An associated method is disclosed that is directed towards providing a back-up power source for a cooling system and determining the availability of the power sources and air temperature levels proximate the telecommunications devices. This method is best understood with reference to the flow diagram shown in
If, in step 302, the determination is made that primary power source 212 is unavailable, then the determination is made at a step 308 if the air temperature proximate the telecommunications equipment exceeds predetermined limits. For the microprocessor device previously discussed, the upper limit air temperature proximate the device is 90 deg. F. If the air temperature is acceptable and does not exceed this limit, then there is no need to provide cooling powered by the back-up power system to the telecommunications equipment at this time and the process again returns to step 300 for continual temperature monitoring and power source monitoring. If, however, the air temperature proximate the telecommunications equipment does exceed the predetermined limits, then the back-up power source 200 is initiated in a step 310.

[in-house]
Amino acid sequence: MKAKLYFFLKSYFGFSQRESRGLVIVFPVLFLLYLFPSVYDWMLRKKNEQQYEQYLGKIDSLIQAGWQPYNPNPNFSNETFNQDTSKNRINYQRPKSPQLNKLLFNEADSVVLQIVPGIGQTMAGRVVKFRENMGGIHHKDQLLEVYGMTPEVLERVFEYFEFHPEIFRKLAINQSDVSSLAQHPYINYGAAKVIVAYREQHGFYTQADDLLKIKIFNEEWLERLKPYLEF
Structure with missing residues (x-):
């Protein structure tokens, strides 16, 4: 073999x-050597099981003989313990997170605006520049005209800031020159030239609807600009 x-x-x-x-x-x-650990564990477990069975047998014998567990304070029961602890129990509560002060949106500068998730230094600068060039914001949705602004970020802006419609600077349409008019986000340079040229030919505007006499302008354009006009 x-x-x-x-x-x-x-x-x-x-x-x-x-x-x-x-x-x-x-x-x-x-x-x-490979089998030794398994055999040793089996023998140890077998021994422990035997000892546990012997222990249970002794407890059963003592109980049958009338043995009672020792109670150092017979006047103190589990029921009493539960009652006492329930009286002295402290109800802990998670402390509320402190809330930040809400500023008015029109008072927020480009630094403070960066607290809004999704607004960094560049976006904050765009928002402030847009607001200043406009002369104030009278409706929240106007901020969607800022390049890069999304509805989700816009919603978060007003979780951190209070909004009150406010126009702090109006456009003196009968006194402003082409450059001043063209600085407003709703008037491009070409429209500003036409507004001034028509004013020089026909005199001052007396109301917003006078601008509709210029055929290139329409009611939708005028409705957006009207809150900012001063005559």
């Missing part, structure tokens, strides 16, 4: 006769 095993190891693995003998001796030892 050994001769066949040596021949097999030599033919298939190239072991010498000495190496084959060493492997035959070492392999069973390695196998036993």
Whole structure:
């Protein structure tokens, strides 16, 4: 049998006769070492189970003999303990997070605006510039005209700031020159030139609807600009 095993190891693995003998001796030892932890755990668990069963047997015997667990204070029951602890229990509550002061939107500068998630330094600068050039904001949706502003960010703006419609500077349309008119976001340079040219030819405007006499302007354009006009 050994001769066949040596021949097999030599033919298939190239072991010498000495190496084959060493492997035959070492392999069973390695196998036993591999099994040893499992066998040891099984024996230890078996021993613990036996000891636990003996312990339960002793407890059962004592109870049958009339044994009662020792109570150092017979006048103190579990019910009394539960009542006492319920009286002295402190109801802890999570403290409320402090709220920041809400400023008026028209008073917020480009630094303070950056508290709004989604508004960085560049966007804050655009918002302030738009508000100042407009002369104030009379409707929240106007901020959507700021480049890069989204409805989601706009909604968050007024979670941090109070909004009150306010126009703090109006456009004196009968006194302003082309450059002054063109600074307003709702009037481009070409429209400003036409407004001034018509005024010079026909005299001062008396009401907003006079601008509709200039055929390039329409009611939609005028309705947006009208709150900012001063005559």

Upon successful initiation of the back-up power source, proper positioning of transfer switch 210 is necessary to close a circuit between cooling system 208 and back-up power source 200. This repositioning, as necessary, occurs in a step 312. By default, since the preferred power source is the primary power generated by a utility, the initial position of transfer switch 210 completes a circuit with primary power source 212, as shown in